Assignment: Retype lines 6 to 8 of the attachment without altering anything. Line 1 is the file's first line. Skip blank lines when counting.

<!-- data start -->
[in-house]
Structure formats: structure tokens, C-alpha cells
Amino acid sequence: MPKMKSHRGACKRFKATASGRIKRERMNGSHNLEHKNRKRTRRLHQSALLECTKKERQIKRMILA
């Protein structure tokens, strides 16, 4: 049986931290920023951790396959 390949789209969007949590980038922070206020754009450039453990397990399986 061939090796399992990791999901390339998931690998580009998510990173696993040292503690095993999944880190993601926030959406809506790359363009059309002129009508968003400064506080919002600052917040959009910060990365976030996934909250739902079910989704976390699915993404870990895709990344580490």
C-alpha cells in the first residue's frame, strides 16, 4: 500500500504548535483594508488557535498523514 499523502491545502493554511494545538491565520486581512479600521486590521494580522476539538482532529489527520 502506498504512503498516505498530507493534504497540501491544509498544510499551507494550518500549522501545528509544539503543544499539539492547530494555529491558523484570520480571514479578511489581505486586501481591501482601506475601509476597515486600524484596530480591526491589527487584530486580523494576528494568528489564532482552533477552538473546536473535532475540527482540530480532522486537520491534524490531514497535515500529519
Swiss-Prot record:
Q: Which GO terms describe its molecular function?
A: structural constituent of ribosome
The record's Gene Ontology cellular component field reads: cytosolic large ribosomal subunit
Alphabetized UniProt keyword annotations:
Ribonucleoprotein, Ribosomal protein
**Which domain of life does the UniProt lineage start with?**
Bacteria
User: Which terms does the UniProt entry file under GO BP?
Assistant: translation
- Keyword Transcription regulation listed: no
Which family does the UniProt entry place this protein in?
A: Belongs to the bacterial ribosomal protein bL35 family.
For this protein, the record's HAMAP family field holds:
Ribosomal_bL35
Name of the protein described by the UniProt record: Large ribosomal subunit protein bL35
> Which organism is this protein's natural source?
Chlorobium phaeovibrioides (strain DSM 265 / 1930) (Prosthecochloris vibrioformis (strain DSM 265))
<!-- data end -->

Swiss-Prot record:
Q: Which GO terms describe its molecular function?
A: structural constituent of ribosome